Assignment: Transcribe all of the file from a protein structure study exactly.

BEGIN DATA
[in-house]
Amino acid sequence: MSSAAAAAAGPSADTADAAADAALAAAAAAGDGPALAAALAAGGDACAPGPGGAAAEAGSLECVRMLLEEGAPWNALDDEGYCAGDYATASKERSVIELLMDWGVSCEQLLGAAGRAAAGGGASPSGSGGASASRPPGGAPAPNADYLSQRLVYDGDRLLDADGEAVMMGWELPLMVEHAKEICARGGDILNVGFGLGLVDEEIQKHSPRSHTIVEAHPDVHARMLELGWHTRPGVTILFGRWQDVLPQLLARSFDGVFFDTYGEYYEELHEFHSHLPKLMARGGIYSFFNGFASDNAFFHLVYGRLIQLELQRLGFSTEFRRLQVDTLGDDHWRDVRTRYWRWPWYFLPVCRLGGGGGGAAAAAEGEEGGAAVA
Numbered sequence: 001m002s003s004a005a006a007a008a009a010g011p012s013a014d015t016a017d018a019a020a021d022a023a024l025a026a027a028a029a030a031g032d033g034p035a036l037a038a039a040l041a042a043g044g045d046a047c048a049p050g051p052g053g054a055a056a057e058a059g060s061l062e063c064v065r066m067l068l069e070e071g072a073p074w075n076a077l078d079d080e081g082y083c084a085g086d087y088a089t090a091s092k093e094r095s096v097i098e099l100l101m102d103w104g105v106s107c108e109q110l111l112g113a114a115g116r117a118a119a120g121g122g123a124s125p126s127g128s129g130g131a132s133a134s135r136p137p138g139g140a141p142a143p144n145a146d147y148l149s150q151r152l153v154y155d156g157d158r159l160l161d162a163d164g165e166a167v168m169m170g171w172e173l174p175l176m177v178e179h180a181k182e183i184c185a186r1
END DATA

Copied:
[in-house]
Amino acid sequence: MSSAAAAAAGPSADTADAAADAALAAAAAAGDGPALAAALAAGGDACAPGPGGAAAEAGSLECVRMLLEEGAPWNALDDEGYCAGDYATASKERSVIELLMDWGVSCEQLLGAAGRAAAGGGASPSGSGGASASRPPGGAPAPNADYLSQRLVYDGDRLLDADGEAVMMGWELPLMVEHAKEICARGGDILNVGFGLGLVDEEIQKHSPRSHTIVEAHPDVHARMLELGWHTRPGVTILFGRWQDVLPQLLARSFDGVFFDTYGEYYEELHEFHSHLPKLMARGGIYSFFNGFASDNAFFHLVYGRLIQLELQRLGFSTEFRRLQVDTLGDDHWRDVRTRYWRWPWYFLPVCRLGGGGGGAAAAAEGEEGGAAVA
Numbered sequence: 001m002s003s004a005a006a007a008a009a010g011p012s013a014d015t016a017d018a019a020a021d022a023a024l025a026a027a028a029a030a031g032d033g034p035a036l037a038a039a040l041a042a043g044g045d046a047c048a049p050g051p052g053g054a055a056a057e058a059g060s061l062e063c064v065r066m067l068l069e070e071g072a073p074w075n076a077l078d079d080e081g082y083c084a085g086d087y088a089t090a091s092k093e094r095s096v097i098e099l100l101m102d103w104g105v106s107c108e109q110l111l112g113a114a115g116r117a118a119a120g121g122g123a124s125p126s127g128s129g130g131a132s133a134s135r136p137p138g139g140a141p142a143p144n145a146d147y148l149s150q151r152l153v154y155d156g157d158r159l160l161d162a163d164g165e166a167v168m169m170g171w172e173l174p175l176m177v178e179h180a181k182e183i184c185a186r1